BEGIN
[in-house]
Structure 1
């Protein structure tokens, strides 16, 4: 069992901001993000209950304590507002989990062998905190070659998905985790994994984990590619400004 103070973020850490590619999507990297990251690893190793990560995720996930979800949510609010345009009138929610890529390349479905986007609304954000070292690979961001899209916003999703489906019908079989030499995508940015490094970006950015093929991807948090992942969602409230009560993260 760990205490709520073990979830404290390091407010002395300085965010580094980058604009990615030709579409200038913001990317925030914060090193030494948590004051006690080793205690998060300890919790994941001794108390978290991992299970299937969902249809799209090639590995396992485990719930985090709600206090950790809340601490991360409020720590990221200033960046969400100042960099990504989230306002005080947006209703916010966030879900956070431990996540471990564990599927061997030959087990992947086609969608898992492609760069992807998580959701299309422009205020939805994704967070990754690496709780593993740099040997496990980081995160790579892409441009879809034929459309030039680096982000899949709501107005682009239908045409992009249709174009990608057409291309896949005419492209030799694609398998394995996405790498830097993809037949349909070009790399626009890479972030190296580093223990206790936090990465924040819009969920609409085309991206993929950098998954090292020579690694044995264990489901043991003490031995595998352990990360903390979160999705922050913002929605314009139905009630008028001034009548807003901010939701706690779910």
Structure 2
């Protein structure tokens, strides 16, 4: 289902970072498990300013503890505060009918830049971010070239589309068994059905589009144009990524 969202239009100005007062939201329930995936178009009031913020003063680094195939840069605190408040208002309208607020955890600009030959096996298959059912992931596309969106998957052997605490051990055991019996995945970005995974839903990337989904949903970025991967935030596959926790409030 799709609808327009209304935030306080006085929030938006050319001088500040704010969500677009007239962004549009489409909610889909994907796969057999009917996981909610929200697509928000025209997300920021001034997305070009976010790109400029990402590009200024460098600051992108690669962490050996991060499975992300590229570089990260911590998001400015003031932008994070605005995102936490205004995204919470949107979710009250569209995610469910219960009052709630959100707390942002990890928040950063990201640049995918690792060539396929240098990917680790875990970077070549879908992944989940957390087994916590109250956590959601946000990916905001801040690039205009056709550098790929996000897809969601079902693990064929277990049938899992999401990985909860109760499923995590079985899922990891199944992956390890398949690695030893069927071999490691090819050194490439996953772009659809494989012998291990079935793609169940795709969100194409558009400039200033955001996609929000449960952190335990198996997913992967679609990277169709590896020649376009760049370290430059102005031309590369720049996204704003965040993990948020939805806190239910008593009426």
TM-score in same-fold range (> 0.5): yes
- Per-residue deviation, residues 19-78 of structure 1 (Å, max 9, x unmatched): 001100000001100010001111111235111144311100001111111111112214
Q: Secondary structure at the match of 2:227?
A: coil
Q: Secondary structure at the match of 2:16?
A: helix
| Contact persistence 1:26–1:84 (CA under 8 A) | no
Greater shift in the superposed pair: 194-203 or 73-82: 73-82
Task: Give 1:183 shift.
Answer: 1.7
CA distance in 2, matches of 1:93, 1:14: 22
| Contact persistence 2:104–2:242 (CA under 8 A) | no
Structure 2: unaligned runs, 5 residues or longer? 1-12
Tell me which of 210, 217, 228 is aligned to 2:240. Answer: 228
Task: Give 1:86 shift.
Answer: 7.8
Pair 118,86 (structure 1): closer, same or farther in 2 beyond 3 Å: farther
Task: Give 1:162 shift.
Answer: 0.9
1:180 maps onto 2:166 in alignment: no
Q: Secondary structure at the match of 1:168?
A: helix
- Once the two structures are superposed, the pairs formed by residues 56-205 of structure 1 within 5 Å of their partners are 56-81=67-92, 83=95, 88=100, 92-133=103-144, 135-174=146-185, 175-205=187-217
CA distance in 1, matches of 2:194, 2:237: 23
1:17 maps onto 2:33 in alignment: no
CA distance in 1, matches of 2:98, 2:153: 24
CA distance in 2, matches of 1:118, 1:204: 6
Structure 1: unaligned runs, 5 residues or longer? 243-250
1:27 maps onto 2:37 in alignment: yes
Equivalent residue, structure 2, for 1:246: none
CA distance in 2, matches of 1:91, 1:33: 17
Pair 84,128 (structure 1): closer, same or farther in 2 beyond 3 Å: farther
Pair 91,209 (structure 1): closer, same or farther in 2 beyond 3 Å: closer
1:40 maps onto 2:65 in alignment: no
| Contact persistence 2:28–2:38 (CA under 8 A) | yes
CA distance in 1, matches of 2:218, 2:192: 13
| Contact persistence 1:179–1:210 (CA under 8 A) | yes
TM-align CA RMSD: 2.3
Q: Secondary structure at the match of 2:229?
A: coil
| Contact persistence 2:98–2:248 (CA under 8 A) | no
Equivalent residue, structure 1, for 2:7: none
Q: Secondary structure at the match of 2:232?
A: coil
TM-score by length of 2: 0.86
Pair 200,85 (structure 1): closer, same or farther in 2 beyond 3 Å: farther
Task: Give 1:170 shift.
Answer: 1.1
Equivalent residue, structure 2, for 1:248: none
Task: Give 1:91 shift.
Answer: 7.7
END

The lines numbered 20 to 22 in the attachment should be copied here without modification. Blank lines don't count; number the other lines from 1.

Task: Give 1:86 shift.
Answer: 7.8
Pair 118,86 (structure 1): closer, same or farther in 2 beyond 3 Å: farther